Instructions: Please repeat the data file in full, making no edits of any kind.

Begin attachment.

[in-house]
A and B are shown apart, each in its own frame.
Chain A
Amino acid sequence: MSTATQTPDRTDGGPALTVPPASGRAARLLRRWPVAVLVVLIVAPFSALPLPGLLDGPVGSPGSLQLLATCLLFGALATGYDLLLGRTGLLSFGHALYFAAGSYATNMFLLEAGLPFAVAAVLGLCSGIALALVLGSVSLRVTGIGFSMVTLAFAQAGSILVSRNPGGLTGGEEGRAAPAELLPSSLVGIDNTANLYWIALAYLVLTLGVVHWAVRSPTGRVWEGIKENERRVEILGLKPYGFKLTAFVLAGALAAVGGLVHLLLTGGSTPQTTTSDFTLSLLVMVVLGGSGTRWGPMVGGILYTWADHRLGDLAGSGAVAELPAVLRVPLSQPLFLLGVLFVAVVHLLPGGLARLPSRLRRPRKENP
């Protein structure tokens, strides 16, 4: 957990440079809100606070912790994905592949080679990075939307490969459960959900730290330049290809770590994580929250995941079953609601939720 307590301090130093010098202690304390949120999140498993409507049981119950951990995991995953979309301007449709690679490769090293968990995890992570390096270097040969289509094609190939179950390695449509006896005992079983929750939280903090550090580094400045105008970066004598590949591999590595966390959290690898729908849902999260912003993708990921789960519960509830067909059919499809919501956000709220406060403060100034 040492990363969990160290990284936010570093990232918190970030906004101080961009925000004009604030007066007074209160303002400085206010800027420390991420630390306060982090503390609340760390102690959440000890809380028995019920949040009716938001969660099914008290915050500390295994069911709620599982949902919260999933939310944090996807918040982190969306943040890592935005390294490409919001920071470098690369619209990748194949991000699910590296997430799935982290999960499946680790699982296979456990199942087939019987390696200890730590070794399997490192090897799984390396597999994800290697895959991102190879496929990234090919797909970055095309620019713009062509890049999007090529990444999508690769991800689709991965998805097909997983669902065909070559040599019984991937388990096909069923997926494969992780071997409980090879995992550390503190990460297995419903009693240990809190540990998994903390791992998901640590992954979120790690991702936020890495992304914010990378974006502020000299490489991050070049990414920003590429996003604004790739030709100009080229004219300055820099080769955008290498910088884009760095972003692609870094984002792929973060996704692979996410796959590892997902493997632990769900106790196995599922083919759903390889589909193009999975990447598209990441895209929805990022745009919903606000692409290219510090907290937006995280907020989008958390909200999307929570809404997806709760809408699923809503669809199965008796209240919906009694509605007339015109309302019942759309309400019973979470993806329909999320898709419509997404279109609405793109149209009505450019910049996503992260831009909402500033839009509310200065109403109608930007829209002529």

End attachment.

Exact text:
[in-house]
A and B are shown apart, each in its own frame.
Chain A
Amino acid sequence: MSTATQTPDRTDGGPALTVPPASGRAARLLRRWPVAVLVVLIVAPFSALPLPGLLDGPVGSPGSLQLLATCLLFGALATGYDLLLGRTGLLSFGHALYFAAGSYATNMFLLEAGLPFAVAAVLGLCSGIALALVLGSVSLRVTGIGFSMVTLAFAQAGSILVSRNPGGLTGGEEGRAAPAELLPSSLVGIDNTANLYWIALAYLVLTLGVVHWAVRSPTGRVWEGIKENERRVEILGLKPYGFKLTAFVLAGALAAVGGLVHLLLTGGSTPQTTTSDFTLSLLVMVVLGGSGTRWGPMVGGILYTWADHRLGDLAGSGAVAELPAVLRVPLSQPLFLLGVLFVAVVHLLPGGLARLPSRLRRPRKENP
């Protein structure tokens, strides 16, 4: 957990440079809100606070912790994905592949080679990075939307490969459960959900730290330049290809770590994580929250995941079953609601939720 307590301090130093010098202690304390949120999140498993409507049981119950951990995991995953979309301007449709690679490769090293968990995890992570390096270097040969289509094609190939179950390695449509006896005992079983929750939280903090550090580094400045105008970066004598590949591999590595966390959290690898729908849902999260912003993708990921789960519960509830067909059919499809919501956000709220406060403060100034 040492990363969990160290990284936010570093990232918190970030906004101080961009925000004009604030007066007074209160303002400085206010800027420390991420630390306060982090503390609340760390102690959440000890809380028995019920949040009716938001969660099914008290915050500390295994069911709620599982949902919260999933939310944090996807918040982190969306943040890592935005390294490409919001920071470098690369619209990748194949991000699910590296997430799935982290999960499946680790699982296979456990199942087939019987390696200890730590070794399997490192090897799984390396597999994800290697895959991102190879496929990234090919797909970055095309620019713009062509890049999007090529990444999508690769991800689709991965998805097909997983669902065909070559040599019984991937388990096909069923997926494969992780071997409980090879995992550390503190990460297995419903009693240990809190540990998994903390791992998901640590992954979120790690991702936020890495992304914010990378974006502020000299490489991050070049990414920003590429996003604004790739030709100009080229004219300055820099080769955008290498910088884009760095972003692609870094984002792929973060996704692979996410796959590892997902493997632990769900106790196995599922083919759903390889589909193009999975990447598209990441895209929805990022745009919903606000692409290219510090907290937006995280907020989008958390909200999307929570809404997806709760809408699923809503669809199965008796209240919906009694509605007339015109309302019942759309309400019973979470993806329909999320898709419509997404279109609405793109149209009505450019910049996503992260831009909402500033839009509310200065109403109608930007829209002529």